Film Photography

A pilgrimage to Central Camera

A pilgrimage to Central Camera

Despite our many weekend getaways to Chicago’s Loop, this was the first time we sought out Central Camera. We found it closed on Sunday. But because we were staying over through Monday, we went back.

A pilgrimage to Central Camera

We stepped in, and it felt like stepping into 1948. There were counters on both sides and an aisle down the middle. The left side was crammed with used gear. I dared not dwell. I passed through to the film counter. Oh my gosh, but I’ve not seen that much film for sale in one place since the 1980s.

A pilgrimage to Central Camera

The array of films in stock was impressive. I bought four rolls of Arista.EDU 200. Yes, they carried Arista.EDU from Freestyle Photo! The kind young woman behind the counter wrote my receipt by hand.

I did get one color shot of the exterior, so you can take in the sign’s great shade of green.

Central Camera

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Photography

Chicago at Christmas on Kodak T-Max P3200

Christmas at Macy's

I loaded my Nikon F3 with Kodak’s resurrected T-Max P3200 film and took it along on our early-December trip to Chicago. It was to be a gray weekend, and we were going to be walking about a lot after dark. That seemed like a perfect opportunity to try this nominal ISO 800 film that cheerfully pushes to 3200.

Wooden soldier

It was so much fun to shoot anywhere and everywhere — indoors, after dark, on an overcast afternoon — at generous apertures and shutter speeds. I was too busy having fun to take notes, but I think I was shooting at f/8 anywhere I wanted with shutter speeds of at least 1/30 second. I never had to worry about camera shake. 

Macy's Christmas

The first two photos are from the Christmas display inside Macy’s on State Street. Here’s a shot of Macy’s exterior all decorated for the holiday. The P3200 needs just a little ambient light to make a plenty usable image.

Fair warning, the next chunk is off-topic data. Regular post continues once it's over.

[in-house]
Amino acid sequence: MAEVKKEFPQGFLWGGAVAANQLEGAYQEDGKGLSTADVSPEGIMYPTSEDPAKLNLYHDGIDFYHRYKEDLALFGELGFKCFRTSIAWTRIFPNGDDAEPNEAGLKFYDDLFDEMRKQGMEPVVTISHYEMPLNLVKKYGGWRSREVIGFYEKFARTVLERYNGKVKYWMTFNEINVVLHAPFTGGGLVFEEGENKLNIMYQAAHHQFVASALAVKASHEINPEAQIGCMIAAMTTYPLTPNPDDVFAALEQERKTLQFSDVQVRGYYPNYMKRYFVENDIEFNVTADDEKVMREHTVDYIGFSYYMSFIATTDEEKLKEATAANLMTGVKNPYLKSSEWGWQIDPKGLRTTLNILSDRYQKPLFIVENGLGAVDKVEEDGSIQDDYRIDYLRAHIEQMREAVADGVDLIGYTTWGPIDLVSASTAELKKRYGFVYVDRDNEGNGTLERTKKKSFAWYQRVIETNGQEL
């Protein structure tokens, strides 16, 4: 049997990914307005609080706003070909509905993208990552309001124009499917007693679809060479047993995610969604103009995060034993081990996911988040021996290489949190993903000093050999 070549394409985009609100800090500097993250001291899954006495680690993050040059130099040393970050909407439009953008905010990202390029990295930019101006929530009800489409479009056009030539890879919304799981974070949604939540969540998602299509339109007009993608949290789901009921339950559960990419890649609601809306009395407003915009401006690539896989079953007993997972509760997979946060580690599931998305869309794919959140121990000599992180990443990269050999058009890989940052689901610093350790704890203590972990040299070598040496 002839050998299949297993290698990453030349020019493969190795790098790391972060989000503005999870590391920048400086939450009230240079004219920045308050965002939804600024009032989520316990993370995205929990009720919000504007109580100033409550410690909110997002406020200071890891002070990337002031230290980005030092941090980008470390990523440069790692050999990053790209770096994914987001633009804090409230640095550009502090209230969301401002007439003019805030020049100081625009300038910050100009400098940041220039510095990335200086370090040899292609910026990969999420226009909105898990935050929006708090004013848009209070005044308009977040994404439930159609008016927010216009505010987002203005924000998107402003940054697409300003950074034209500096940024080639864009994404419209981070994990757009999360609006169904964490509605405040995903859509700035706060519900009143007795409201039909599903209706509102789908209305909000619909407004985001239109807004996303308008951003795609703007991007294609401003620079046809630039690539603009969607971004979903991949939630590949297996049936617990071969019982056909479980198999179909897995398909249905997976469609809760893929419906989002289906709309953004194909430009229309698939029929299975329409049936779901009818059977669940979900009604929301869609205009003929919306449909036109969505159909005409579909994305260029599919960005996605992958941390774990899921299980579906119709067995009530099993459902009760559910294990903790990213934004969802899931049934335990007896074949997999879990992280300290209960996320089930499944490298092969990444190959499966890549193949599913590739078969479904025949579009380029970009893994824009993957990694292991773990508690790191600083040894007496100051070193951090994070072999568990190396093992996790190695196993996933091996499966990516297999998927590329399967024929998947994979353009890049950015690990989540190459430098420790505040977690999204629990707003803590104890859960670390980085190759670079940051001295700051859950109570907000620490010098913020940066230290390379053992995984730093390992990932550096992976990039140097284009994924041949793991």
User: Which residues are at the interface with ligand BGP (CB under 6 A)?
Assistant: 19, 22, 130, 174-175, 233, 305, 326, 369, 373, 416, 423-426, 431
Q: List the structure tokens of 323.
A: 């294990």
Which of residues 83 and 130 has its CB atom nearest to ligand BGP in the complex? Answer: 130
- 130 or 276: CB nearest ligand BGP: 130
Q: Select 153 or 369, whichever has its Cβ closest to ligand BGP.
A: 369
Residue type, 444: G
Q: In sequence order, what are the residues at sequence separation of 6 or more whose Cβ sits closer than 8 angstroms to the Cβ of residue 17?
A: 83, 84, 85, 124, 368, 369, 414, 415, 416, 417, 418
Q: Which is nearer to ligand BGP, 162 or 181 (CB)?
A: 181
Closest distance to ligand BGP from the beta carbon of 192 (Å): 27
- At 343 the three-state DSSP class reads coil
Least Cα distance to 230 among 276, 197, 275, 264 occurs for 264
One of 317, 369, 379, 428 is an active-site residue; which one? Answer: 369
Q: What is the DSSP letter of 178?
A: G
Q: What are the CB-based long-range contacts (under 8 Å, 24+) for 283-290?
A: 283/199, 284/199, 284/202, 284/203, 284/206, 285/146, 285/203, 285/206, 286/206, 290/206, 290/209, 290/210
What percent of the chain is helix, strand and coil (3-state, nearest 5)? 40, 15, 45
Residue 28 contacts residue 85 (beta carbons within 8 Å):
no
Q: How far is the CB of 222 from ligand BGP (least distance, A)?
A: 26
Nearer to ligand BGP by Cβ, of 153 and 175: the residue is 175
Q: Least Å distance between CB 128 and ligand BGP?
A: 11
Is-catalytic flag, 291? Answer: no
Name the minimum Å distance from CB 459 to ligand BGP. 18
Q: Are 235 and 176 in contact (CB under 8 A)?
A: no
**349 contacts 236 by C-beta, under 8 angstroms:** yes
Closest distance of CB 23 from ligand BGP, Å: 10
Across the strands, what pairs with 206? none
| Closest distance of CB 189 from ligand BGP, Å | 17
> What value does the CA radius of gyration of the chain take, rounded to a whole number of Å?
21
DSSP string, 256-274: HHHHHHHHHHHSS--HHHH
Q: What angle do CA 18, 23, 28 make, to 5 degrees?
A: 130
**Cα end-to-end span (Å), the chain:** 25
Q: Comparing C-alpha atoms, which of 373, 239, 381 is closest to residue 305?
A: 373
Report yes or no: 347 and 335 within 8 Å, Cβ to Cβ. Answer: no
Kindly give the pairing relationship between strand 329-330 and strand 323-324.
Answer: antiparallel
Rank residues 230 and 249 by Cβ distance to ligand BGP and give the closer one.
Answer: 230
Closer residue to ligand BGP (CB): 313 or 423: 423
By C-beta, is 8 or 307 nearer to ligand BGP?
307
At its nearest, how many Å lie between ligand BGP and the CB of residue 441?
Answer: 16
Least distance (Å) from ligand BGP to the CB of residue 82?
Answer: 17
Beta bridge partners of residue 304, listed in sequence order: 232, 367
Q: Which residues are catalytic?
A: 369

Marshall Field & Co.

Macy’s bought the former Marshall Field department-store chain. I miss Marshall Field.

Christkindlmarkt

We also walked through Christkindlmarkt twice. The first time was on a busy Saturday afternoon and the second was early on a Monday when we had the place largely to ourselves.

Bulbs at Christkindlmarkt

I shot an ISO 100 film on our Chicago trip last year. That slow film gave me limited depth of field, which limited what I could do. Not so this P3200 — I could shoot up close and choose just how much blurred background I’d get.

Dragon at Christkindlmarkt

Christkindlmarkt offers so many subjects: the market itself, the individual booths, the wares in each booth, and the people enjoying themselves. 

Wooden toys at Christkindlmarkt

The P3200 let me photograph any of it in pretty much any way I pleased. I’ve never had so much flexibility in bad light with a film camera.

Christkindlmarkt

So many people wander Christkindlmarkt with their cameras out that I don’t feel as self-conscious as usual about photographing people. But I’m happy I didn’t notice until this roll was back from the processor that this fellow here spotted me in the act.

Selling nuts at Christkindlmarkt

One night we walked over to Millennium Park to take in the Christmas fun. The ice-skating rink was open late.

Ice skating at Millennium Park

The P3200 wasn’t fast enough to let me freeze the skaters as they sped by. I suppose you can’t have everything.

Ice skating at Millennium Park

We also explored the Great Hall at Union Station. It’s gorgeous; you should see it.

Polar Express, Union Station, Chicago

It, too, was all decked out for the holiday. You might not be able to make it out, but this Christmas tree is decorated with logos from various railroads, past and present.

Christmas tree, Union Station, Chicago

I had a ball shooting Kodak T-Max P3200. Anywhere I went, in virtually any lighting conditions, my Nikon F3 could get a solid exposure and I could make an image.

As you can see, the images I got have good sharpness (through my 35mm f/2.8 AI Nikkor lens) and decent tonality. I especially enjoy the rich blacks this film returned.

These images would make lovely snapshot-sized prints. I’ll bet they’d even make usable 5x7s. But the grain becomes more pronounced the larger you make these images. Click any of them to see them on Flickr, and then click the image there to see it at full scan size. You’ll see: the grain is giant. Fortunately, it’s also really pleasing — and subjects hold their definition.

I’ll definitely buy more P3200 and keep it on ice for gray-day and nighttime shooting. Shooting these two rolls and seeing the wonderful results was a real joy.

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